But the thing that’s really going to offend and disturb is the way Randy Moore peppers in the surreal gingerly throughout the film. A warped face here and misperception there turns into a full blown explosion of sights and sounds by the end as it is very unclear as to what is real and what isn’t by the end. ESCAPE FROM TOMORROW is going to be a film that will leave some scratching their heads as to what has actually transpired. Never wanting to be too literal, I don’t want to assume everything that goes on in the latter half of this film occurs in the story. I perceive it as the slow disintegration of the mind of a man who is extremely unhappy with his life and unable to cope with the awkward juxtaposition of real world responsibility slamming into a place where you’re encouraged to give into your fantasies. In that sense, ESCAPE FROM TOMORROW is a crisis of conscience; give in to your dreams or give them up—with the decision not being an easy one and one that will leave many hurting no matter what course of action is taken.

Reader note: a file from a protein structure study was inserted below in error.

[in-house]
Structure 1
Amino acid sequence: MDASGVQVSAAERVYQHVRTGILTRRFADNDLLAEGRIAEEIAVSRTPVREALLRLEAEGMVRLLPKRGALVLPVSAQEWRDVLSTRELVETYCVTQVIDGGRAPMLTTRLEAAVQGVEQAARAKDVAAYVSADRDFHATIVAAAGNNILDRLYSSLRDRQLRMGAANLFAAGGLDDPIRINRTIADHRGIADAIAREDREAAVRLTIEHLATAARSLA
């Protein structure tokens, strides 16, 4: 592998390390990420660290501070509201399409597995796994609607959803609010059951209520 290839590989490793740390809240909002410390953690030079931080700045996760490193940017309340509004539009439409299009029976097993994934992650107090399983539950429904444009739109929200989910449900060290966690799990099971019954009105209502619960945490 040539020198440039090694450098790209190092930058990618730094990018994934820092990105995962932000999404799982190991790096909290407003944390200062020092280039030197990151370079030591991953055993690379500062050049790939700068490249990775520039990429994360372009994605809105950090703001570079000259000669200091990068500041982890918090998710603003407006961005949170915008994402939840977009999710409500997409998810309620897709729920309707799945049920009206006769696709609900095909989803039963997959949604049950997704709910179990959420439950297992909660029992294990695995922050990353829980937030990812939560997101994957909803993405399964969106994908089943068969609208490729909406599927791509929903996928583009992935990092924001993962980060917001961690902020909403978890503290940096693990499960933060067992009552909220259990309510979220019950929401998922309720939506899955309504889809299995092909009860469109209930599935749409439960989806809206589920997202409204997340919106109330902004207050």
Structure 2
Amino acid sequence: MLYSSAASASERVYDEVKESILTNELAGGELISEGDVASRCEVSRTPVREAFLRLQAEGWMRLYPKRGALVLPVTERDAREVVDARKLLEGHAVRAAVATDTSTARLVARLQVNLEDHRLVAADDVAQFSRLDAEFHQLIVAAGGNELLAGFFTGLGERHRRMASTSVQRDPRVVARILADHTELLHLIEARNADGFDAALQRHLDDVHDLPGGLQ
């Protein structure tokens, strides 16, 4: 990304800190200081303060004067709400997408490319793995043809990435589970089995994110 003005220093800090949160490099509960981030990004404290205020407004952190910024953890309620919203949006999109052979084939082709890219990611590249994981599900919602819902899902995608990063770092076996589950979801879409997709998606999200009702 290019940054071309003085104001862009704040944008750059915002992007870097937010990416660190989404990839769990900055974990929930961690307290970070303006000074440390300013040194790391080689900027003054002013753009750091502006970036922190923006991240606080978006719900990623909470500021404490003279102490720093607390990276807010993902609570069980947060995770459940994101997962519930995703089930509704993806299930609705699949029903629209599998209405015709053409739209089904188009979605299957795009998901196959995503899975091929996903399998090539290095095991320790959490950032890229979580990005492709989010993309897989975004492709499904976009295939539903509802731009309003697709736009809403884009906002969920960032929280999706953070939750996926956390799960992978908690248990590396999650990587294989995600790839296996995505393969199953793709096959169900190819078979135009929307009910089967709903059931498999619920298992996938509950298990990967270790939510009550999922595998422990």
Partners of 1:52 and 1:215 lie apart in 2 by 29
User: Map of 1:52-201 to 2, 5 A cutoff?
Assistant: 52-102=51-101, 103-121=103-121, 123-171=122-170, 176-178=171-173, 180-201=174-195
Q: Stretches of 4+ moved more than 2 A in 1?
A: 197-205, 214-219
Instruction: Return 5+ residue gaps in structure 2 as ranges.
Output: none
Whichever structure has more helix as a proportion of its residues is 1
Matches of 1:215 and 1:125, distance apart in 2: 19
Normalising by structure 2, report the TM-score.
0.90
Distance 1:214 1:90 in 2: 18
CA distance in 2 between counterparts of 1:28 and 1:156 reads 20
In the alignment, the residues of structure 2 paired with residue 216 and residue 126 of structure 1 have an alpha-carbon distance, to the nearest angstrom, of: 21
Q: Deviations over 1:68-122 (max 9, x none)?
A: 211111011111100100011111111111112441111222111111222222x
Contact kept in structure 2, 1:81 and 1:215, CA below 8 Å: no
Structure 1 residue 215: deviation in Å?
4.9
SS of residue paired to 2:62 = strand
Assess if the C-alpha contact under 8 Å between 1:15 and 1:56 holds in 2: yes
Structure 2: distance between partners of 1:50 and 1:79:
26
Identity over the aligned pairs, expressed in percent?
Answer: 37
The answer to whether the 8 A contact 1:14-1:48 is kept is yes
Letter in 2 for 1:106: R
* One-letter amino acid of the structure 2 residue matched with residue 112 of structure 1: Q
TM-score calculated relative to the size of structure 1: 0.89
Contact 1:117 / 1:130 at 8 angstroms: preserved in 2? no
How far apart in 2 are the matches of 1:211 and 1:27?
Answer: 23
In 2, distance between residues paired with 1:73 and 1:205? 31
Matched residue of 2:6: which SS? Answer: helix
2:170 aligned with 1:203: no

Or maybe it’s just a hodgepodge of weird imagery, odd sounds, bizarre happenings, perverse situations, and very bad decisions. I’m sure it could be read either way and like many great works of art, literature, and cinema, it can be taken to mean many different things by many different people.